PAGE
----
Third and final consecutive post on Two Peoples Bay – best viewed after the first pair.
Most of this post’s photos were taken late on the afternoon of 22.09.2017 from atop the rocky headland that separates Little Beach from the great arc of sandy shoreline which curves around Two Peoples Bay to Mount Manypeaks.
If you stand near the eastern edge of the rocks and look south – as per the above photo – Little Beach is nearby, but invisible; however, you have a good view of the headland at Little Beach’s southern end, with Mount Gardner behind/above that headland.
The view over Two Peoples Bay to Mount Manypeaks (565 metres) is utterly different.
Not merely a viewpoint, this headland is beautiful in itself.
Less than a minute’s walk away, you can gaze down on Little Beach…and when its waters are calm – as they often are, even on days when great waves crash onto the far side of Two Peoples Bay – you may walk directly from rockface onto fine white sand, at Little Beach’s northern end.
Look closely at the above two images (I suggest you zoom/enlarge) and you will notice the impact of a severe fire, sparked by a lightning strike on Mount Gardner in November 2015.
Fire is not simply a threat; many Australian plants are fire-dependent, not merely fire-resistant.
That said, the thick vegetation on the steep slopes immediately behind Little Beach is rarely torched; the usually-prevailing winds direct fire away, up onto the gentler slopes, above.
No such luck in November 2015.
The rarely-torched, thick vegetation is home to two of the world’s rarest vertebrates.
Both had been “extinct”, until “rediscovered” at Two Peoples Bay.
The Noisy Scrubird’s 1961 rediscovery “saved” Two Peoples Bay, which had been gazetted as a town site, and would surely, othwerwise, inevitably, have been “developed” into a ghastly combo of “luxury resort” and “exclusive/prestige” suburbia-on-sea.
A pro-“development” local council notwithstanding, in 1967 Two Peoples Bay became a Nature Reserve of 4,745 hectares.
Once widespread in Australia’s southwest, Gilbert’s potoroo – the so-called “rat kangaroo” – was presumed extinct before the 19th century’s end.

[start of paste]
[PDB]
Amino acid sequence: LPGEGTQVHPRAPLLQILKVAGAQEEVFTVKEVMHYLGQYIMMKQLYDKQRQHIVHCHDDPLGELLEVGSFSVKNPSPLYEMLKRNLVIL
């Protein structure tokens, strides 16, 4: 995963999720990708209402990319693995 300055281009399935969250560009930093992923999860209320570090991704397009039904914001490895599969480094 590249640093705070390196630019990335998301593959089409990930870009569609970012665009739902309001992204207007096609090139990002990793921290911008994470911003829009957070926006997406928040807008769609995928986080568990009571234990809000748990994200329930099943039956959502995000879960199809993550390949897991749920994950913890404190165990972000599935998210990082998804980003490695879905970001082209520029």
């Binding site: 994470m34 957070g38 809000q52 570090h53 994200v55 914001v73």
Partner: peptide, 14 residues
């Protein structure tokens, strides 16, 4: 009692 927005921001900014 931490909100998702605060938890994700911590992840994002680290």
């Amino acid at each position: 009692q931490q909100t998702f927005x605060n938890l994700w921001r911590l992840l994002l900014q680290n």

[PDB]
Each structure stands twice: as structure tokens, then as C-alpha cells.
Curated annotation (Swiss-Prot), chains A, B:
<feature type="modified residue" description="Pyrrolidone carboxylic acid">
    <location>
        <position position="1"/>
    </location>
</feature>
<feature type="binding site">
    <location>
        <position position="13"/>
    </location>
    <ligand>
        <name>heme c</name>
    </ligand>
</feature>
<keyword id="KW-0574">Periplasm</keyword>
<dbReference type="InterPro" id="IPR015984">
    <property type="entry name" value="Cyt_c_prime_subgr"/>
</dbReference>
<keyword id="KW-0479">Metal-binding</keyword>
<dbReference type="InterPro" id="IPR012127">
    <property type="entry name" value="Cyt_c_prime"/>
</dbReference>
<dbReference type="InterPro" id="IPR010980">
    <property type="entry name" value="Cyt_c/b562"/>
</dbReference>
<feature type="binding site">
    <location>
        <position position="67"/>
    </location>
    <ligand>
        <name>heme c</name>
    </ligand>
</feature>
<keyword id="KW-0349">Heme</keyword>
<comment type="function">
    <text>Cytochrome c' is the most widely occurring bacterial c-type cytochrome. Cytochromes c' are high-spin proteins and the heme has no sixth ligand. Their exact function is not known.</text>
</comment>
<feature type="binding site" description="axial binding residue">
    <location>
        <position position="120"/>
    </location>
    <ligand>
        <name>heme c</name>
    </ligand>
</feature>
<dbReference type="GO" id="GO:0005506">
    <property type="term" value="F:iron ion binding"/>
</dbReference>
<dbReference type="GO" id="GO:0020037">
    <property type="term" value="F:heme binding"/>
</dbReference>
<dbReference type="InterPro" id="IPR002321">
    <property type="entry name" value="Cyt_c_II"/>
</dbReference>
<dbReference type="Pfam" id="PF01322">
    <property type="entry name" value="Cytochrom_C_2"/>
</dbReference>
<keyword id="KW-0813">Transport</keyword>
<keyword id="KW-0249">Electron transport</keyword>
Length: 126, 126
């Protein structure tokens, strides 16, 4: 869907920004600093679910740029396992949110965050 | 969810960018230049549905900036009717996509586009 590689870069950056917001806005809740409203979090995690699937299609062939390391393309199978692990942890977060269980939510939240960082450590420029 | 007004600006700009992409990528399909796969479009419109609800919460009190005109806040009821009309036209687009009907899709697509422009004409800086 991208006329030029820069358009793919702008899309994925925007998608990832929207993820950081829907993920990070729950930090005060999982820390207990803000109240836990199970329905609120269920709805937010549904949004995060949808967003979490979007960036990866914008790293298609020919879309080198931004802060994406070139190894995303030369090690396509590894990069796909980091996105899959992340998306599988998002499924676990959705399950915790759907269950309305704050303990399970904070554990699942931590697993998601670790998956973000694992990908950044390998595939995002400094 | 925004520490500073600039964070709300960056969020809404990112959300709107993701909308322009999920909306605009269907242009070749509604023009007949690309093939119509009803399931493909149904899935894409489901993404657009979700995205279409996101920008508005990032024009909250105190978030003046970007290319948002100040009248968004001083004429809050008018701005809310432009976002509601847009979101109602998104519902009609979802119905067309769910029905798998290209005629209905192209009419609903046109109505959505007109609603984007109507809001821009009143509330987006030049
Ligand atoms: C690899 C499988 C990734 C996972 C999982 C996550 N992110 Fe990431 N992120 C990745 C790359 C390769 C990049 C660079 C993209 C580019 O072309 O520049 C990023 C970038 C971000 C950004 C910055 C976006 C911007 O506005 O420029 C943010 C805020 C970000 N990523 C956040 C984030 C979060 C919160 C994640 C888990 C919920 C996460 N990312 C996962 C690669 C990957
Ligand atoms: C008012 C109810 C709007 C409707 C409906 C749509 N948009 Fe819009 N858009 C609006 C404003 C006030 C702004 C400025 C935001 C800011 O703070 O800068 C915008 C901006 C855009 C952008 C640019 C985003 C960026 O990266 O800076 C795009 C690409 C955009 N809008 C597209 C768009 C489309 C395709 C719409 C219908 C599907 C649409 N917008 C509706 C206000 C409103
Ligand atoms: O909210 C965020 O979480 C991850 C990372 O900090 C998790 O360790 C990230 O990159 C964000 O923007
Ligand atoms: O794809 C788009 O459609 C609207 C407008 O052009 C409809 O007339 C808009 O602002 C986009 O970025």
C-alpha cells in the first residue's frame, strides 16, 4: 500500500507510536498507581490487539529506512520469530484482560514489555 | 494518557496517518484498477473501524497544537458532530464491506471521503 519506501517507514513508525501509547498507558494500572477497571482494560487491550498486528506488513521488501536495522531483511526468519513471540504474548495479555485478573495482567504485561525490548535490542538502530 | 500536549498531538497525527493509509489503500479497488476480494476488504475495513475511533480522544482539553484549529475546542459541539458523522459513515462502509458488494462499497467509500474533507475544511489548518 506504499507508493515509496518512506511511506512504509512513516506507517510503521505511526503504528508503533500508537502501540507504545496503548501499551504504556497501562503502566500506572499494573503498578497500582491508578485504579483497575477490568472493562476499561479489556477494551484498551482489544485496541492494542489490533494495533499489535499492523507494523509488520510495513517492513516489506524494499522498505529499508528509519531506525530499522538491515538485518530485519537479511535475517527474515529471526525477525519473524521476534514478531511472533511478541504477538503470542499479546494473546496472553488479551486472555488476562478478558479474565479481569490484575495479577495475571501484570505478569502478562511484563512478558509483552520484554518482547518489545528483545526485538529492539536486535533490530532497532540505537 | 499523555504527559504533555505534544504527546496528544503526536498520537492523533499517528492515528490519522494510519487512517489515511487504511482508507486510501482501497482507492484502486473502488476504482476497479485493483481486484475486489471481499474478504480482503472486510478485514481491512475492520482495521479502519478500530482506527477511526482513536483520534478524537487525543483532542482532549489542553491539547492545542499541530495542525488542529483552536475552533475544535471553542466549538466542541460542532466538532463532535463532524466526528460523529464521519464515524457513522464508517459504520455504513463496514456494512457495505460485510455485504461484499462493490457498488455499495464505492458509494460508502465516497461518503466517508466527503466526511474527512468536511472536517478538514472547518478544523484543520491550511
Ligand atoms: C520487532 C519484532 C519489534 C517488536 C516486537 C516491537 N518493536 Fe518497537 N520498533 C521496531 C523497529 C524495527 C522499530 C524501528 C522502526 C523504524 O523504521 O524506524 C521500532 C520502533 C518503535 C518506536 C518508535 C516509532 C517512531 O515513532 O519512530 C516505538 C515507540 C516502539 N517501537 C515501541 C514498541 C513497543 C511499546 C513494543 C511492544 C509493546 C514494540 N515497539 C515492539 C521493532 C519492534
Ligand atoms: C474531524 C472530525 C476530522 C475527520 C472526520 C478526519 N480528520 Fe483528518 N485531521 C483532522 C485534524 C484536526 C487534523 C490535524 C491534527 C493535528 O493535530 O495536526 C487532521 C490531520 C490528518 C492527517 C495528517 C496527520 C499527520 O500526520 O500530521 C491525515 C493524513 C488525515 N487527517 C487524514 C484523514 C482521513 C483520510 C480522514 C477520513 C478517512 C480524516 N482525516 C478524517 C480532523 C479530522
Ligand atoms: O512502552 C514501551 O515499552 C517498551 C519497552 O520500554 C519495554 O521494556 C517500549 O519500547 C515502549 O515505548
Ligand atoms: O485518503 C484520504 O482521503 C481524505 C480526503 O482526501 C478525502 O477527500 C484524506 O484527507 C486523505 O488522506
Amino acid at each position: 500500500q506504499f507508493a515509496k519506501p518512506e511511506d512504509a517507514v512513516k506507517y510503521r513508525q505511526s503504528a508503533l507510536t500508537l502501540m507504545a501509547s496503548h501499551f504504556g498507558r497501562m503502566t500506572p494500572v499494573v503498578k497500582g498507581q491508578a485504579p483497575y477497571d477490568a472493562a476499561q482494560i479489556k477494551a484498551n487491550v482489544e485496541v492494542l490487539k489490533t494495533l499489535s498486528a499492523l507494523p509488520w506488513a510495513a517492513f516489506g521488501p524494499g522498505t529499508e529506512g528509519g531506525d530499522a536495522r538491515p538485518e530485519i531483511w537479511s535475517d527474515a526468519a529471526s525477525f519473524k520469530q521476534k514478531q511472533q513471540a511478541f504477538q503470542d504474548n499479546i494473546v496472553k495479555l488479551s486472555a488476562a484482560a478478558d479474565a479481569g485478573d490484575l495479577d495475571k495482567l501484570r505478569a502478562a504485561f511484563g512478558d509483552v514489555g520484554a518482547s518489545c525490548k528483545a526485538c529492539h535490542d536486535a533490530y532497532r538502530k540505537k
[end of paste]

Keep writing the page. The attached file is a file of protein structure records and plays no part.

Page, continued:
In 1994 the world’s rarest marsupial was “rediscovered”, at Two Peoples Bay.
Small populations have since been established on offshore islands.
The November 2015 fire burnt 1,200 hectares and destroyed circa 90% of Gilbert’s potoroo habitat at Two Peoples Bay.
Apparently, it did not incinerate 90% of the potoroos; their immediate survival rate was higher than had been feared.
Still, according to ABC News, another 20 unburnt years would be required before their torched former habitat would be able to support them again.
Some of the fire’s survivors have since been relocated.
The photo below shows some of the “10%” that the fire spared.
The torched “90%” looked utterly desolate when we saw it in September 2016, so we were pleasantly surprised a year later; aside from a few scoured/slipping/eroding patches, the “90%” is no longer a study in black, white and grey – revegetation is well underway.
On New Year’s Day in 2016 – less than two months after a natural fire burnt more than one quarter of Two Peoples Bay Nature Reserve – human stupidity caused a much bigger fire.
The guilty person set off fireworks on Norman’s Beach; as the ABC reported in August 2016 the remorseful fool, who did (eventually) hand himself into police, received a suspended prison sentence and was ordered to pay $164,000.
“His” fire burnt 2,072 hectares.
Extinguishing it involved 4 planes, 600 hours worth of paid effort by Department of Parks and Wildlife (DPAWS) staff, and 3,600 hours of unpaid volunteer firefighters’ effort.
If you visit Two Peoples Bay you are most unlikely to see a Gilbert’s potoroo or a Noisy scrubbird, but chances are excellent that you will enjoy a close encounter with a quenda
Two likely places are anytime in the bush between the Visitors’ Centre and the big beach, and late afternoon in the car park by Little Beach.
As Heraclitus observed more than 2, 500 years ago, one cannot step into the same river twice.
Two Peoples Bay is different, every time…no matter how many times you are lucky enough to experience it.